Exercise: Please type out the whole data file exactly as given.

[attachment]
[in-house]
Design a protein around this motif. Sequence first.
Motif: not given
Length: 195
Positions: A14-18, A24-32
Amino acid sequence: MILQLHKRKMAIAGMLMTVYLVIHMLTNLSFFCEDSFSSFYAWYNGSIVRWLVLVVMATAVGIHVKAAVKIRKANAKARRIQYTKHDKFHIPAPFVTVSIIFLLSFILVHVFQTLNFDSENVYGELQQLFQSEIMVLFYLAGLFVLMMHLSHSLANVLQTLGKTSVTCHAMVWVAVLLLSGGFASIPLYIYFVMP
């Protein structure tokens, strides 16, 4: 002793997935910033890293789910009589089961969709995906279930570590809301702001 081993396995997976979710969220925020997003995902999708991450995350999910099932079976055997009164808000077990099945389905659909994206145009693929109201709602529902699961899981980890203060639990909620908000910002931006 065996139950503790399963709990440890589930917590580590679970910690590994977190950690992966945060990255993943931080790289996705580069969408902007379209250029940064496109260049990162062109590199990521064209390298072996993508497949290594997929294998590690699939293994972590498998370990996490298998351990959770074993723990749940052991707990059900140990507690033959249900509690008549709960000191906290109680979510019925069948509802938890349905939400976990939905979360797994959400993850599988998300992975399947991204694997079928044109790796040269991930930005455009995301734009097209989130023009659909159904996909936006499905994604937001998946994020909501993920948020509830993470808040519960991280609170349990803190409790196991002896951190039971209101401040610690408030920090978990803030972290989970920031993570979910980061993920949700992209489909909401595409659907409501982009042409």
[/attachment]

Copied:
[in-house]
Design a protein around this motif. Sequence first.
Motif: not given
Length: 195
Positions: A14-18, A24-32
Amino acid sequence: MILQLHKRKMAIAGMLMTVYLVIHMLTNLSFFCEDSFSSFYAWYNGSIVRWLVLVVMATAVGIHVKAAVKIRKANAKARRIQYTKHDKFHIPAPFVTVSIIFLLSFILVHVFQTLNFDSENVYGELQQLFQSEIMVLFYLAGLFVLMMHLSHSLANVLQTLGKTSVTCHAMVWVAVLLLSGGFASIPLYIYFVMP
């Protein structure tokens, strides 16, 4: 002793997935910033890293789910009589089961969709995906279930570590809301702001 081993396995997976979710969220925020997003995902999708991450995350999910099932079976055997009164808000077990099945389905659909994206145009693929109201709602529902699961899981980890203060639990909620908000910002931006 065996139950503790399963709990440890589930917590580590679970910690590994977190950690992966945060990255993943931080790289996705580069969408902007379209250029940064496109260049990162062109590199990521064209390298072996993508497949290594997929294998590690699939293994972590498998370990996490298998351990959770074993723990749940052991707990059900140990507690033959249900509690008549709960000191906290109680979510019925069948509802938890349905939400976990939905979360797994959400993850599988998300992975399947991204694997079928044109790796040269991930930005455009995301734009097209989130023009659909159904996909936006499905994604937001998946994020909501993920948020509830993470808040519960991280609170349990803190409790196991002896951190039971209101401040610690408030920090978990803030972290989970920031993570979910980061993920949700992209489909909401595409659907409501982009042409």